Financial Benefits of PFC

Financial Savings from Implementing PFC
Benefits & Savings of Power Factor Correction
Utility Company Penalty 
Although the utility company has to supply apparent power (KVA), their bill is based on energy consumption (KWH). The utility company has the added cost of distribution equipment, when they cannot bill for the full amount of power supplied. Since a customer with a low power factor has a larger overhead cost then a customer with a higher power factor some utilities charge penalties for operating with a low power factor. When a company is charged a power factor penalty, then installing PF correction often makes financial sense.

I2R Losses
Reactive Power does have some small costs to your system in the form of “Line Losses” or “I2R Losses”. When the utility company supplies reactive power, the current must flow from the utility meter to the inductive load. The wires between the meter and the load have resistive heating losses. This is the one exception of where you are billed for reactive power, because line losses convert reactive power into real power. The amount of line losses is contingent on the feeder sizes, length, and load. It’s not very common to see cases where the savings would be greater than 1% of KW usage. To maximized the savings for power factor correction it is best to install power factor correction as close as possible to the inductive loads, reducing line losses by reducing the length of current travel.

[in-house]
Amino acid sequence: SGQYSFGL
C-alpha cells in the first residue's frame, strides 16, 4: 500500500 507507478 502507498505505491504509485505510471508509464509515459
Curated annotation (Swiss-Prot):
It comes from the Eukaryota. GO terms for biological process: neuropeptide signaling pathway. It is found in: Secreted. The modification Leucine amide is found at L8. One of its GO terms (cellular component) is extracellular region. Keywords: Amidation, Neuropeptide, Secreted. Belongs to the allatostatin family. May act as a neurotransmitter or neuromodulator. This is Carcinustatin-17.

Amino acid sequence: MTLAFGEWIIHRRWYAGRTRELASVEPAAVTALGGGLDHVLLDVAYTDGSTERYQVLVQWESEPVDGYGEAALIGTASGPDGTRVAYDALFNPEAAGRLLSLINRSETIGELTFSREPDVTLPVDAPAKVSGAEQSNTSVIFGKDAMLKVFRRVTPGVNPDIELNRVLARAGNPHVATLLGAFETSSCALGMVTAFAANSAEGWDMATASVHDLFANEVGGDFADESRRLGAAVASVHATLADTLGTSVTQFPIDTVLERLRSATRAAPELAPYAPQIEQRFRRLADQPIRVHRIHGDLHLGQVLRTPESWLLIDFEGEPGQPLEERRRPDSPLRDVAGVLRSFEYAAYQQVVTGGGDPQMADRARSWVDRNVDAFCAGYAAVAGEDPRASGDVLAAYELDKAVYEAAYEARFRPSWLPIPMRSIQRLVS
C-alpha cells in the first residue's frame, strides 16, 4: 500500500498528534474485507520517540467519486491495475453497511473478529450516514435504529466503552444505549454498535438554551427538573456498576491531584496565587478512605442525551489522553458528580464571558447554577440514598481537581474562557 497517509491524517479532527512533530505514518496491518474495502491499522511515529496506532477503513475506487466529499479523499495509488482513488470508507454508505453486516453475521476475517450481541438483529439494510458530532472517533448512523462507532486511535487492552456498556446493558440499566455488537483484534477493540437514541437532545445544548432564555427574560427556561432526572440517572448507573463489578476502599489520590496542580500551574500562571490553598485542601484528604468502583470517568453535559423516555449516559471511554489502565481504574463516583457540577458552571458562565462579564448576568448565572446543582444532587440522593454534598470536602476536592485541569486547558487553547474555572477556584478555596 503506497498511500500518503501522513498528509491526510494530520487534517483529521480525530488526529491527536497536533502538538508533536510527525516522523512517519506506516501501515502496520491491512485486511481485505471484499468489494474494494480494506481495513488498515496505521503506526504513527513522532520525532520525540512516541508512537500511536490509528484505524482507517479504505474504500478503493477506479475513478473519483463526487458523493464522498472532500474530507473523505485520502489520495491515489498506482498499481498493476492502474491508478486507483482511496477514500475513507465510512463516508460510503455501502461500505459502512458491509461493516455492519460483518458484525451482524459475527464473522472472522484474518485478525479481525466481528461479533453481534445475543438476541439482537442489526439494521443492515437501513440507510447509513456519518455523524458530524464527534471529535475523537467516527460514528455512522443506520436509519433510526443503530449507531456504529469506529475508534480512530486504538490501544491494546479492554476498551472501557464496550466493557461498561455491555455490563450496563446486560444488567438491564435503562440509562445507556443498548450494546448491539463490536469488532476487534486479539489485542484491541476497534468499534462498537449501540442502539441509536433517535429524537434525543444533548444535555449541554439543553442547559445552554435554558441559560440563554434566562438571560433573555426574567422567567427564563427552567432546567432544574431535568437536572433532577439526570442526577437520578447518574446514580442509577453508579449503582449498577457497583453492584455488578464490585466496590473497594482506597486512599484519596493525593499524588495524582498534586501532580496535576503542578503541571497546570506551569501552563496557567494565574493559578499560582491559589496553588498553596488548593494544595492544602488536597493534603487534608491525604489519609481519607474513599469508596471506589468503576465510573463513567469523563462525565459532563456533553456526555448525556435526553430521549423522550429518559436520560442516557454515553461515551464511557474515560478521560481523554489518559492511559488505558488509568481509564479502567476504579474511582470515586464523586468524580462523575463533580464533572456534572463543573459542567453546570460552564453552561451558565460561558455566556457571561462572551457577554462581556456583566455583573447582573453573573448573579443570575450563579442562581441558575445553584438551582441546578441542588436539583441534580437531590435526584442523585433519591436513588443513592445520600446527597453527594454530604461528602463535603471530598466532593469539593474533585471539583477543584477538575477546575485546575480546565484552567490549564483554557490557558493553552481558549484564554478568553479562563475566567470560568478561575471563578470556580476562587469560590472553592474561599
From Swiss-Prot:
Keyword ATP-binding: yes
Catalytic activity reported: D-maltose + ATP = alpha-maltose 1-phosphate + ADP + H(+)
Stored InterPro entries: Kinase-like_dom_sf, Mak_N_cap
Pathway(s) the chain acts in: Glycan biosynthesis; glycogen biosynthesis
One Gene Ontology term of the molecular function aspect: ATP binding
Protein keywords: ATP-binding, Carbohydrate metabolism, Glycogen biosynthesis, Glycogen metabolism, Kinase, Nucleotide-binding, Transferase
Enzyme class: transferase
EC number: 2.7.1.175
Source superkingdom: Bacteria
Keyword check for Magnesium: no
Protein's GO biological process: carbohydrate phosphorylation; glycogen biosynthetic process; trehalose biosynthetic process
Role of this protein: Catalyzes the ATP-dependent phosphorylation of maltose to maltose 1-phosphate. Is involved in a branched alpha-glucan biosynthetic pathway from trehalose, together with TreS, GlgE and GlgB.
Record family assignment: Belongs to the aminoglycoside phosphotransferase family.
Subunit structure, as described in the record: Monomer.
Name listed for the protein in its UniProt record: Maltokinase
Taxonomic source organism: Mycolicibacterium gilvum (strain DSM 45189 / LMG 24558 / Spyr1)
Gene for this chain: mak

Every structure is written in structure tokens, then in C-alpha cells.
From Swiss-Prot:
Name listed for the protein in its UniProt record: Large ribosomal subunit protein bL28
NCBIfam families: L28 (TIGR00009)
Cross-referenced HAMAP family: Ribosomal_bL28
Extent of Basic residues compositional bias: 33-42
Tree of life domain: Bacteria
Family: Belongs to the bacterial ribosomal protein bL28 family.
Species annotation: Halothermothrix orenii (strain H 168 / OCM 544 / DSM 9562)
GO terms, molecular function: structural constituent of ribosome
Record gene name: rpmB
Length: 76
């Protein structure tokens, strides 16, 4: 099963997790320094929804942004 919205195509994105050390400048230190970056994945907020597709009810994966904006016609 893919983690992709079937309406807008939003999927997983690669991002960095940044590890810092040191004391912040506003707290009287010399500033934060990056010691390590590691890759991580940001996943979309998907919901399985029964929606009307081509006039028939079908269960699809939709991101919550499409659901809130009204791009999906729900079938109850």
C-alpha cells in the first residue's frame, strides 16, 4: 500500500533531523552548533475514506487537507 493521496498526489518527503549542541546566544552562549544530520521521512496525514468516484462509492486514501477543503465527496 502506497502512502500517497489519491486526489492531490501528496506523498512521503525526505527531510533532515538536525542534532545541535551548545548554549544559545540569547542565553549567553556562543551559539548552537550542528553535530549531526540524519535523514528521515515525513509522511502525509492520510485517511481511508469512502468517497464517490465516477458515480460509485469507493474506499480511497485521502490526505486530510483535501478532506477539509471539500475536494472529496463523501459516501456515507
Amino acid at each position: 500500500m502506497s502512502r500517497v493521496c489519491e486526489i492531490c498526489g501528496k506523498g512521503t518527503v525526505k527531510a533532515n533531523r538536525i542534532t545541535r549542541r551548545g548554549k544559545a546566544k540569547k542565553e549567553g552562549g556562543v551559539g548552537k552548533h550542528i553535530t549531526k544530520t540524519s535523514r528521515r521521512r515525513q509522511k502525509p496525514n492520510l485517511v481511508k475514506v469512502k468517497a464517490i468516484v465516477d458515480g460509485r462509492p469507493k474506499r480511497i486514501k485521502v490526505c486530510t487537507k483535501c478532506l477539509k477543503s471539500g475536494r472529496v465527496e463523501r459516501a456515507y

Voltage Drop  
Voltage Drop and Line Losses are hand in hand. An added benefit to adding power factor correction is reducing the line current, which reduces voltage drop. For long distribution feeders with signification voltage drop, this can sometimes be an attractive way of both saving on line losses and increasing voltage.